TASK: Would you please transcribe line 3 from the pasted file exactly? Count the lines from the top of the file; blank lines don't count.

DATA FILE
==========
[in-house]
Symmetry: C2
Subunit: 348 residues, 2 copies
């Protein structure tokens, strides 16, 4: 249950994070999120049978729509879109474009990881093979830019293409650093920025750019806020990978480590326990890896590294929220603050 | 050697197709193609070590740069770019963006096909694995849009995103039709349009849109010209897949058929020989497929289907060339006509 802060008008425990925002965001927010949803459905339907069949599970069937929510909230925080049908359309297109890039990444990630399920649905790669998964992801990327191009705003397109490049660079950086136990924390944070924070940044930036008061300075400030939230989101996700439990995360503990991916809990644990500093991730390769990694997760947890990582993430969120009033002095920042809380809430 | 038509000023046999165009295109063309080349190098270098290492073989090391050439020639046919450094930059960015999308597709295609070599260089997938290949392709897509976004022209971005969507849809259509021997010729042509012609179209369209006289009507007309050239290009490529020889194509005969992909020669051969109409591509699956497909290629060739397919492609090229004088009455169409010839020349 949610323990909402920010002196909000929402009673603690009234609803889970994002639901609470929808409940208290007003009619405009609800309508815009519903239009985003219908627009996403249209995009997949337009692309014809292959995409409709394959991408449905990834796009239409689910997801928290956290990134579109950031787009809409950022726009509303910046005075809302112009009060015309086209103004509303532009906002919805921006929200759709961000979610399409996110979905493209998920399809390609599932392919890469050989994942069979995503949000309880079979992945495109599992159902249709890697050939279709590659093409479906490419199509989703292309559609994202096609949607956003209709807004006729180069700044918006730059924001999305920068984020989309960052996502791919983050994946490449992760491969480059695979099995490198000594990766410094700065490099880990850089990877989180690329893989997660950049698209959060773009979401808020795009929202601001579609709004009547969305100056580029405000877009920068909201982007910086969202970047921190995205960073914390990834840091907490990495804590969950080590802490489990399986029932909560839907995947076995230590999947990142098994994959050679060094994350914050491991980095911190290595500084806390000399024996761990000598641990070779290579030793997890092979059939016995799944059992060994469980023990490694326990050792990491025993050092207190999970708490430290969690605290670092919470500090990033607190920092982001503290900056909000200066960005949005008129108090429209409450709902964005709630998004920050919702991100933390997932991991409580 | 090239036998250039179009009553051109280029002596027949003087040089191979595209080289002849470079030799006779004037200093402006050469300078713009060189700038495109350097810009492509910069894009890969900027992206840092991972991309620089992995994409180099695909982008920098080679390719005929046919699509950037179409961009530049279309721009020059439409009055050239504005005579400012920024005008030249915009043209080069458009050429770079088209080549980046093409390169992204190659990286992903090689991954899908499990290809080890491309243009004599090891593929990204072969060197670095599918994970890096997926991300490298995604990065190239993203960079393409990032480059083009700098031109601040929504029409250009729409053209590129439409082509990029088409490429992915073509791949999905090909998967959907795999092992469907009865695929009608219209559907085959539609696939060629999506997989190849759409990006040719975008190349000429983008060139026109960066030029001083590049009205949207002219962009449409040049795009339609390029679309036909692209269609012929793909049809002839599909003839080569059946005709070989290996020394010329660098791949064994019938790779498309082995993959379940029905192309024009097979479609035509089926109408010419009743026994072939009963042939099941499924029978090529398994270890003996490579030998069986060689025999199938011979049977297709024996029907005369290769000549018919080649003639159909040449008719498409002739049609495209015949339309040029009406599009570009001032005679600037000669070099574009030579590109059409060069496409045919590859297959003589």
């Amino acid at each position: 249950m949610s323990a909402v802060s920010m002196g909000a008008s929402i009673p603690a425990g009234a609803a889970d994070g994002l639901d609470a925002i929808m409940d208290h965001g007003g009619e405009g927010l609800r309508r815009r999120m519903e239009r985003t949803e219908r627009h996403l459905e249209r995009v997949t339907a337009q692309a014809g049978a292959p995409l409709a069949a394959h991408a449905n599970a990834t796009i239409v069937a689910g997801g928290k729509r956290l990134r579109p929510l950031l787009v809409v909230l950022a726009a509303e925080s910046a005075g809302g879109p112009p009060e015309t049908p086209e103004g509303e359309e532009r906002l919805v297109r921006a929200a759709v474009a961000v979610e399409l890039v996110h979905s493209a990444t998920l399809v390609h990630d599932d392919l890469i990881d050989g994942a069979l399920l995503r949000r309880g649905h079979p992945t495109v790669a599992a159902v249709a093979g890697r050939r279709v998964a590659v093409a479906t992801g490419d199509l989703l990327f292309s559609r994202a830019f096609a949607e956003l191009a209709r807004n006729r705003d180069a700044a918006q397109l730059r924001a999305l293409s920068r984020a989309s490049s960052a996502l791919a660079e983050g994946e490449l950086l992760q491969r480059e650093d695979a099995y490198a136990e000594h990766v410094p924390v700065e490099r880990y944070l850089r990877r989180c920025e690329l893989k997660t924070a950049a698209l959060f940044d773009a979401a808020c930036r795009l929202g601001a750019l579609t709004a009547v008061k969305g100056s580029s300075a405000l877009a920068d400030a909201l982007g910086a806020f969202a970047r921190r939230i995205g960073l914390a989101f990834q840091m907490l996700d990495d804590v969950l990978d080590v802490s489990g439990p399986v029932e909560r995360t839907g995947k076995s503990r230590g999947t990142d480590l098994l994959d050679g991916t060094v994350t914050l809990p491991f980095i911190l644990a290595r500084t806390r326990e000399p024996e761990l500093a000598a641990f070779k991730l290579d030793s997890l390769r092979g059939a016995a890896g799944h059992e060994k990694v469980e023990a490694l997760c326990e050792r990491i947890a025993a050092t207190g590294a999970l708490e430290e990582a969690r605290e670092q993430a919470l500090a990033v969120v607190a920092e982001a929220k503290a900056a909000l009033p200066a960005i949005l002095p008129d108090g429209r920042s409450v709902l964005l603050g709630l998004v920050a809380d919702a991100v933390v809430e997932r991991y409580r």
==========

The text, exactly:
Subunit: 348 residues, 2 copies